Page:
Thursday, July 10, 2014

UPDATED > Dinosaur Track Defendant Pleads Guilty to PRPA Charge in Utah Federal Court

A federal district court in Utah has accepted a guilty plea from a man accused of violating the Paleontological Resources Preservation Act (PRPA).

A grand jury in March indicted 35 year old Jared Ehlers for taking a three-toed dinosaur track from a trail near Moab and then discarding the ancient footprint. Federal prosecutors accused the construction company owner of violating PRPA as well as stealing public property, damaging federal property, and destroying evidence.

Ehlers pleaded guilty yesterday to the PRPA crime. In exchange, the U.S. Attorneys' Office dropped the rest of the charges.

As part of the swiftly concluded plea agreement reached with the defendant's lawyer, prosecutors will recommend a sentence that includes one year of probation, six months home confinement (which allows for the defendant to leave home for work), and $15,090.44 in restitution costs. 

The restitution amount reflects the expense incurred by the Grand County Sheriff's Office and the Utah Department of Safety, whose officers unsuccessfully searched the Colorado River for the 190 million year old dinosaur track discarded by the defendant.

The defendant admitted to several facts in papers filed with the court on Wednesday, including the following:
a. On or about February 17, 2014, I knowingly excavated and removed a paleontological resource, to wit: a 150 pound rock containing a trace fossil of a three-toed dinosaur track 
b. from the Sand Flats Recreation Area which is located on public lands administered by the United States Bureau of Land Management; and 
c. that the value of the paleontological resource, together with the cost of its restoration and repair exceeded $500. 
d. On or about March 3, 2014, I knowingly concealed and covered up the paleontological resource by throwing it into the Colorado River. 
The case of U.S. v. Ehlers might be the first direct, non-conspiracy conviction under PRPA, a law that took effect just five years ago.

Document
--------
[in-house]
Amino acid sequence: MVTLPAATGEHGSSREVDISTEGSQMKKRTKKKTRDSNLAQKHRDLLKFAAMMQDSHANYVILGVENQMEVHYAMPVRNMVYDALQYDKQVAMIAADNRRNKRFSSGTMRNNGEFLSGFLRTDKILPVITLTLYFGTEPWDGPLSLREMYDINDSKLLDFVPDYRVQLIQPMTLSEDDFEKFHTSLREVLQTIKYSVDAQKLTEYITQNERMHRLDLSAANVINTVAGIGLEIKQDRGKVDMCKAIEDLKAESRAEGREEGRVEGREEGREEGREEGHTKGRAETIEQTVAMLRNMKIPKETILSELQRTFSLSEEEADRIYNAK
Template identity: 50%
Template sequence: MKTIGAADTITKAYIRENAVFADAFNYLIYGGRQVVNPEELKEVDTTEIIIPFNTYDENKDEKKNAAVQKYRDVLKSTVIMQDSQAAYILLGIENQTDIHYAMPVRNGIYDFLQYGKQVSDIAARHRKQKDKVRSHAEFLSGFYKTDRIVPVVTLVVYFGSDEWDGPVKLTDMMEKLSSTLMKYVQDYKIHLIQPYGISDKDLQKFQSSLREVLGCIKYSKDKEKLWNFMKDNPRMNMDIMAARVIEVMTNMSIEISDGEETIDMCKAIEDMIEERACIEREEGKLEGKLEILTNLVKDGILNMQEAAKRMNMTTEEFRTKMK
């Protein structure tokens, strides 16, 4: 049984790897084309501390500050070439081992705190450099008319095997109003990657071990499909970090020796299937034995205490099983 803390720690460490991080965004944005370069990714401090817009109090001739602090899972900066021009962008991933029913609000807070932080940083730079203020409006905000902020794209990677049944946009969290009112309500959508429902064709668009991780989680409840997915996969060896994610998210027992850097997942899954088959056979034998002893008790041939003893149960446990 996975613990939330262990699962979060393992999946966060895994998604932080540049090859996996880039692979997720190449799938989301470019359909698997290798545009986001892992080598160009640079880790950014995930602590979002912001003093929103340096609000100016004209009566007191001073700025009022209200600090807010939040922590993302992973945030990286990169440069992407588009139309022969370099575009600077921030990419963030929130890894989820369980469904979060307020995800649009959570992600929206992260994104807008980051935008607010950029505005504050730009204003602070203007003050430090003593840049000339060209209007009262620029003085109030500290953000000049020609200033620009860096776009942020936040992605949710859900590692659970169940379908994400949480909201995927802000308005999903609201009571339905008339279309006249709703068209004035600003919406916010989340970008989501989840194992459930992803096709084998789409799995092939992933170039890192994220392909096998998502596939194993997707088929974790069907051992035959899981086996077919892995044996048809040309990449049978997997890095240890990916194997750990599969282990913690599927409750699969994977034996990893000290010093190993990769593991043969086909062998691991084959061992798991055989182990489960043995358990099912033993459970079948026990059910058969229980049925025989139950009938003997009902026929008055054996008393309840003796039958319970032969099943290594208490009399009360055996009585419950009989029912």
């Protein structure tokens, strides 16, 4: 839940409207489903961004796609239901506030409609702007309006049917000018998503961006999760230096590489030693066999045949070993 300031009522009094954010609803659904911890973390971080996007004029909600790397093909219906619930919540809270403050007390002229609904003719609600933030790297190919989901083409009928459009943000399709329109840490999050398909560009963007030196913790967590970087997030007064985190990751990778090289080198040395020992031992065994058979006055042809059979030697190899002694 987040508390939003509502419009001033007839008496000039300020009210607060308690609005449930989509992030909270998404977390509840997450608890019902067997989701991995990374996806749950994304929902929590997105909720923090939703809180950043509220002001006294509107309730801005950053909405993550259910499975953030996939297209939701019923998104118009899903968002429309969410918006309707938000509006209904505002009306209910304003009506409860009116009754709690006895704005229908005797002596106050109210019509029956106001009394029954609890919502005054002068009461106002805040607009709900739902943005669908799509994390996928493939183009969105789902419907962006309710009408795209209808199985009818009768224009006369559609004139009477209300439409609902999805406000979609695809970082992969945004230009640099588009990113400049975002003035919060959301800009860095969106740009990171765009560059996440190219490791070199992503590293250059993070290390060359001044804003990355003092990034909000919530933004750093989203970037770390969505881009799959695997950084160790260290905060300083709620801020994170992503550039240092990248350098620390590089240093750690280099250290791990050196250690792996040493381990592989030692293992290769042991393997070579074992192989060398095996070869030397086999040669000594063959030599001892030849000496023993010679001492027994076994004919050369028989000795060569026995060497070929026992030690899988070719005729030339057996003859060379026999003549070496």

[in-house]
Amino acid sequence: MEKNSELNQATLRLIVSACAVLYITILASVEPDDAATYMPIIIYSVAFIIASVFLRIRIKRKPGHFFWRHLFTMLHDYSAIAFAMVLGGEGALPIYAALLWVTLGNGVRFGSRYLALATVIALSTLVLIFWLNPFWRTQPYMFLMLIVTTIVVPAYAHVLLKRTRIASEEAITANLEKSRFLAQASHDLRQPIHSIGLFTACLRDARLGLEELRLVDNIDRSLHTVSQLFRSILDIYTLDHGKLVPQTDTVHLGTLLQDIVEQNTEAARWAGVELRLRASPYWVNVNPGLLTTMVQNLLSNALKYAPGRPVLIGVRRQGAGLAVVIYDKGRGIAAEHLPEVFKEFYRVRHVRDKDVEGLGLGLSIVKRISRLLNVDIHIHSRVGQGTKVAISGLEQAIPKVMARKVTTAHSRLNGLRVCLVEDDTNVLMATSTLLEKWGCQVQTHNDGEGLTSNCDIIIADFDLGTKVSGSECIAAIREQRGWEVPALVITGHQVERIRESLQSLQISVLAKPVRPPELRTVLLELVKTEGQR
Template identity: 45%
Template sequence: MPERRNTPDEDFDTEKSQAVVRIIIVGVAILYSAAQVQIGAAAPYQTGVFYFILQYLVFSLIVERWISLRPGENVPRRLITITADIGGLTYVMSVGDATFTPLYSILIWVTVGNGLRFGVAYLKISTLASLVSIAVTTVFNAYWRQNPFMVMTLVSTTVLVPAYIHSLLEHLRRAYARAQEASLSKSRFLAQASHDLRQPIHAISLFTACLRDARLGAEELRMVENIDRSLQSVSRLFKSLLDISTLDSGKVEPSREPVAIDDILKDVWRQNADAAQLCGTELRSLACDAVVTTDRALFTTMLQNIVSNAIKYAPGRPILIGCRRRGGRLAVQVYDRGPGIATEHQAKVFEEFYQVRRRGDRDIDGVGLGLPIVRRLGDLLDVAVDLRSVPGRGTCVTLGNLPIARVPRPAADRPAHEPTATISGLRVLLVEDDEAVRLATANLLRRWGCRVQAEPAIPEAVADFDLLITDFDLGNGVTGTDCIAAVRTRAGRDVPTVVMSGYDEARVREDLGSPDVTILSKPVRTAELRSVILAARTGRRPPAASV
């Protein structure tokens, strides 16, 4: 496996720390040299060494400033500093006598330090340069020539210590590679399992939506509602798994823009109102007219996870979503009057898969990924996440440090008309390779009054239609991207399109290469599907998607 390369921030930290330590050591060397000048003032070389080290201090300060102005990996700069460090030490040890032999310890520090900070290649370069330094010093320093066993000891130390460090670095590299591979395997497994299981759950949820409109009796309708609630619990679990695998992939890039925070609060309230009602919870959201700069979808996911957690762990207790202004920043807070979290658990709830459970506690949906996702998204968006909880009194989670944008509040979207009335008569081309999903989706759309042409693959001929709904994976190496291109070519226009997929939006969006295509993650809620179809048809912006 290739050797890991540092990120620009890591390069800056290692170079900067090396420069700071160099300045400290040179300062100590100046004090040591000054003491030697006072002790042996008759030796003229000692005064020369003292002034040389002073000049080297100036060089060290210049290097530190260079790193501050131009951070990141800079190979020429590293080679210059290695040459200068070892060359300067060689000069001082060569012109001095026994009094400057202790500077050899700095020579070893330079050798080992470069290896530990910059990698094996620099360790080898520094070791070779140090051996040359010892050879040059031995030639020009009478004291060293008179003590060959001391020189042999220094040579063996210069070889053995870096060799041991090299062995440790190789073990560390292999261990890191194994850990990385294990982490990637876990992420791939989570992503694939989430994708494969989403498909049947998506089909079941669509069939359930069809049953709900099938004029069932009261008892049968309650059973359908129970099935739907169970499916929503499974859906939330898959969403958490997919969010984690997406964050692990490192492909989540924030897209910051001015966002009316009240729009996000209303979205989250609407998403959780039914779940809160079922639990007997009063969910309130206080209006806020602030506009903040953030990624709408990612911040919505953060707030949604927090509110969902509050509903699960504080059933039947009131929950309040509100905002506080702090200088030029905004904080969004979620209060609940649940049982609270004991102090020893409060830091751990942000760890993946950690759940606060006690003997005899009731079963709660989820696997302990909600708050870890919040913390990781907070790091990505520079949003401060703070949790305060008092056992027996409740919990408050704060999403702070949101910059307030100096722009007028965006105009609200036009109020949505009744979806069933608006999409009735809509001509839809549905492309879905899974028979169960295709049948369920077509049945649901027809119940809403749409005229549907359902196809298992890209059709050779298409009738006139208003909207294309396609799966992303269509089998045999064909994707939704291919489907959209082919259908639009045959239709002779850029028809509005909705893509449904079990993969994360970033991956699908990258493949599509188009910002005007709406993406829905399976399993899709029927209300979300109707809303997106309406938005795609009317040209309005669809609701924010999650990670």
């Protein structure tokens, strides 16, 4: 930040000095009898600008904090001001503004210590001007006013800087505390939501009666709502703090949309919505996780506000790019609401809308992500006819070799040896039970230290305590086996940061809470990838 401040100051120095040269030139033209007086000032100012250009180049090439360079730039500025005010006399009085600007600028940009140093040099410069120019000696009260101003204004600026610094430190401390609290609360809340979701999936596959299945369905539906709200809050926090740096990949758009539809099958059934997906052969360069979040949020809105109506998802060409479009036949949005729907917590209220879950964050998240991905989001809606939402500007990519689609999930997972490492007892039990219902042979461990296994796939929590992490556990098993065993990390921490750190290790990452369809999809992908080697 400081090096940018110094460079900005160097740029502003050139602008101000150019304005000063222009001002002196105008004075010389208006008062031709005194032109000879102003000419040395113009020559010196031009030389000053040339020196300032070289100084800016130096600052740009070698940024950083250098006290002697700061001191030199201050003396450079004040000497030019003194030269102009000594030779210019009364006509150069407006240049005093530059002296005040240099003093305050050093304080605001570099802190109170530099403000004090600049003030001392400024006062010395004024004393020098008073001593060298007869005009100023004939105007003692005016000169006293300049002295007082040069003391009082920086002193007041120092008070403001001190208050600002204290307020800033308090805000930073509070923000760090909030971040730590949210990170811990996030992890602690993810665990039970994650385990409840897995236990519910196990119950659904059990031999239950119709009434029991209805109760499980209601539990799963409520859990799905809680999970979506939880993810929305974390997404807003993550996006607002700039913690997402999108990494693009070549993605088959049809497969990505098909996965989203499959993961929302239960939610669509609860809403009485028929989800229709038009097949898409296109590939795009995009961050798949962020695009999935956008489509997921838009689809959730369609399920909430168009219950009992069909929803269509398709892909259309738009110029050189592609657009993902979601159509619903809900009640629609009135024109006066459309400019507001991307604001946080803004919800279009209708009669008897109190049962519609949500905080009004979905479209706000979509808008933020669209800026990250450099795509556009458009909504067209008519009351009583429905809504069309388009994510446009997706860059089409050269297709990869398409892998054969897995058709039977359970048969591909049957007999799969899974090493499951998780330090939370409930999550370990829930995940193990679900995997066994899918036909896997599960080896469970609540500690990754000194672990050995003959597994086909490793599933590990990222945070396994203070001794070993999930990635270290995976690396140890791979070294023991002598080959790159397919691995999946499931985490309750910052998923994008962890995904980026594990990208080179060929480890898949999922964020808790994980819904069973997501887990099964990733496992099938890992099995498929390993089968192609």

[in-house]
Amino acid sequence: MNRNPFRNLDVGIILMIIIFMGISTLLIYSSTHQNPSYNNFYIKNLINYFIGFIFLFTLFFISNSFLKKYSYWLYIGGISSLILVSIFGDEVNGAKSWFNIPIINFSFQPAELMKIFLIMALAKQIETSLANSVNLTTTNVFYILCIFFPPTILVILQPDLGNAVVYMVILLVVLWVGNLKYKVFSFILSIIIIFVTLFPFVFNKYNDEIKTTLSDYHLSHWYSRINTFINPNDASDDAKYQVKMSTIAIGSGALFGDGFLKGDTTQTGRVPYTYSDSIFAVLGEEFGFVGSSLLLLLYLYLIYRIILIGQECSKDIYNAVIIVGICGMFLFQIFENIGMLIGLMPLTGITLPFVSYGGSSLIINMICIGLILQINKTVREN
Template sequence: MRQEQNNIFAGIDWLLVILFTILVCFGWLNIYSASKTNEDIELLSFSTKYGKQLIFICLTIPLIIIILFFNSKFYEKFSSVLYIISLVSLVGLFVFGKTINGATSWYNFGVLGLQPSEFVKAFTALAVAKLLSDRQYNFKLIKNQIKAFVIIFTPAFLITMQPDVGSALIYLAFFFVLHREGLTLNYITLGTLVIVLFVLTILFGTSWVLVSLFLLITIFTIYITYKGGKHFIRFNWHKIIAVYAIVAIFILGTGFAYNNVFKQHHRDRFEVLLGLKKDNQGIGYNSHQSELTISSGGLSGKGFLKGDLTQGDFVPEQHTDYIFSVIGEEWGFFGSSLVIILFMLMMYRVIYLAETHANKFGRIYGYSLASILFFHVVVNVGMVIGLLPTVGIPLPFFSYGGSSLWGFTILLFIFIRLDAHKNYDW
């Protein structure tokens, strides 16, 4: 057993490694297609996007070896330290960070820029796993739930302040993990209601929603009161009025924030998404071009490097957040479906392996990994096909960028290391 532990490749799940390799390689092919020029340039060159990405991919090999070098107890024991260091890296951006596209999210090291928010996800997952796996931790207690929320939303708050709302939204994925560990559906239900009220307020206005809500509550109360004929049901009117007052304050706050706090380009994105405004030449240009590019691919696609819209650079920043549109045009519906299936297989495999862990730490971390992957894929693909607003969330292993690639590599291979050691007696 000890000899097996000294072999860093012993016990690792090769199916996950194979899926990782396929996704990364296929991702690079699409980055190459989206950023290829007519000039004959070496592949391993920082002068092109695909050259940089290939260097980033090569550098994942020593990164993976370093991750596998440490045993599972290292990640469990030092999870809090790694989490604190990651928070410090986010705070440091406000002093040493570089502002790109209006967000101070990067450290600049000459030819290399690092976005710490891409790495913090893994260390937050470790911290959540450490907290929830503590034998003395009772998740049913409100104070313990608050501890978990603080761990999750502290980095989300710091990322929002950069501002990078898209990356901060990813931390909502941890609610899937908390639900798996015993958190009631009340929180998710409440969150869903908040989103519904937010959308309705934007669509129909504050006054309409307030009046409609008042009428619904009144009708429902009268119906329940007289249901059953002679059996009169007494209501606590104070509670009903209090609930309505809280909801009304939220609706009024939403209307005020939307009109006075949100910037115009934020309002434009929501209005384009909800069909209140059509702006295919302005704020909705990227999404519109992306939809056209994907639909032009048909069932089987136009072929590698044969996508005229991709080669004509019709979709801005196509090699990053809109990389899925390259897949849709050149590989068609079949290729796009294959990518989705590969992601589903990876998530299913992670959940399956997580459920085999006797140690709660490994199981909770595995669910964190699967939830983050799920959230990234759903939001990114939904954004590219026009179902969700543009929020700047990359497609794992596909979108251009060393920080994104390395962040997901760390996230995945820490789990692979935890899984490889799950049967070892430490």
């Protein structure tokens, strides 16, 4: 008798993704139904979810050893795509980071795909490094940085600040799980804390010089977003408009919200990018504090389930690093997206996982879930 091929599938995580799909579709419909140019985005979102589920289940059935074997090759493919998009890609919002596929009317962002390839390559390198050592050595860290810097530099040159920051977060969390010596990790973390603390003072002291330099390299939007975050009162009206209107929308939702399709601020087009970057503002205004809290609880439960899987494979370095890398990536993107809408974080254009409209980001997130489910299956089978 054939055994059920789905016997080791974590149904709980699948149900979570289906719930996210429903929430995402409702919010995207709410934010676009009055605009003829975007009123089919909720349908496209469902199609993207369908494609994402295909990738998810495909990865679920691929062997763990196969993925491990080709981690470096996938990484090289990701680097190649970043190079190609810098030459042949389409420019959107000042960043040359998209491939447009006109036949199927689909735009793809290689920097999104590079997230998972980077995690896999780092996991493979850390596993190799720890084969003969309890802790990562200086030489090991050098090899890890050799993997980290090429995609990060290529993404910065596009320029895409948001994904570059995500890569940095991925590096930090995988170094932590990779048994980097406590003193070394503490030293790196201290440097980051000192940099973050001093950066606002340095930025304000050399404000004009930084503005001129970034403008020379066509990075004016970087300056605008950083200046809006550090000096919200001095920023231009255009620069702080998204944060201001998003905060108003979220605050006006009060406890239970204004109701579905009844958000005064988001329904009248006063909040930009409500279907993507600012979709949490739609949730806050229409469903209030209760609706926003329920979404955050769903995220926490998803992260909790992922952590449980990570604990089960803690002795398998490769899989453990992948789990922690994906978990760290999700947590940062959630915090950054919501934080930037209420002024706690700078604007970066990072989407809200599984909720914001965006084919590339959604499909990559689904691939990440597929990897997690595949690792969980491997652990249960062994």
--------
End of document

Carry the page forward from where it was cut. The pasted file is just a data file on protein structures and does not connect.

One should still take note of the groundbreaking case of U.S. v. Franz, involving a stolen ivory mammoth tusk from Alaska. That case resulted in convictions in 2012 for both conspiracy and theft of government property. The conspiracy conviction explicitly referenced the unauthorized removal of a paleontological resource under PRPA and resulted in a sentence that included a $100,000 fine.

Other known cases have cited PRPA, but they have not resulted in direct convictions under that statute. In 2011 the U.S. Attorney in Utah pursued the case of United States v. Cowan, a PRPA prosecution that also involved the unlawful taking of a dinosaur track. Prosecutors ultimately dismissed the charge on March 12, 2013 after the defendant satisfied a pre-trial diversion program, according to court records. And in the companion case to U.S. v. Franz known as U.S. v. Jettmar, a grand jury originally charged Franz's co-conspirator with a PRPA count, but the defendant entered a plea agreement resulting in a misdemeanor conviction under a separate criminal statue.

The federal district court is expected to sentence Ehlers at a hearing scheduled for October 20.

Photo credit: Wilson Souza

By Rick St. Hilaire Text copyrighted 2010-2014 by Ricardo A. St. Hilaire, Attorney & Counselor at Law, PLLC. Blog url: Any unauthorized reproduction or retransmission of this post without the express written consent of CHL is prohibited.

Wednesday, July 9, 2014

Support the Cultural Heritage Lawyer Blog

Show your appreciation for the Cultural Heritage Lawyer blog. The American Bar Association is judging which law blogs will make its 8th Annual Blawg 100. Time is short, so click on the link here to nominate the Cultural Heritage Lawyer blog. Thank you for your support!

Wednesday, June 25, 2014

SLAM Dunks Declaratory Judgment Action, Leaving Feds With No Forum to Claim That Ka Nefer Nefer is Stolen

Judge James Loken hinted during oral arguments in January that the federal government's effort to forfeit the Ka Nefer Nefer mummy mask still might have life even if the Eighth Circuit Court denied the government’s appeal. But now the federal government's case is truly dead.

Two weeks ago the court of appeals ruled against federal lawyers, halting their effort to forfeit the mummy mask on procedural grounds. And now district court Judge Henry Autrey has signed off on the St. Louis Art Museum’s (SLAM) notice to dismiss the museum’s separate declaratory judgment action.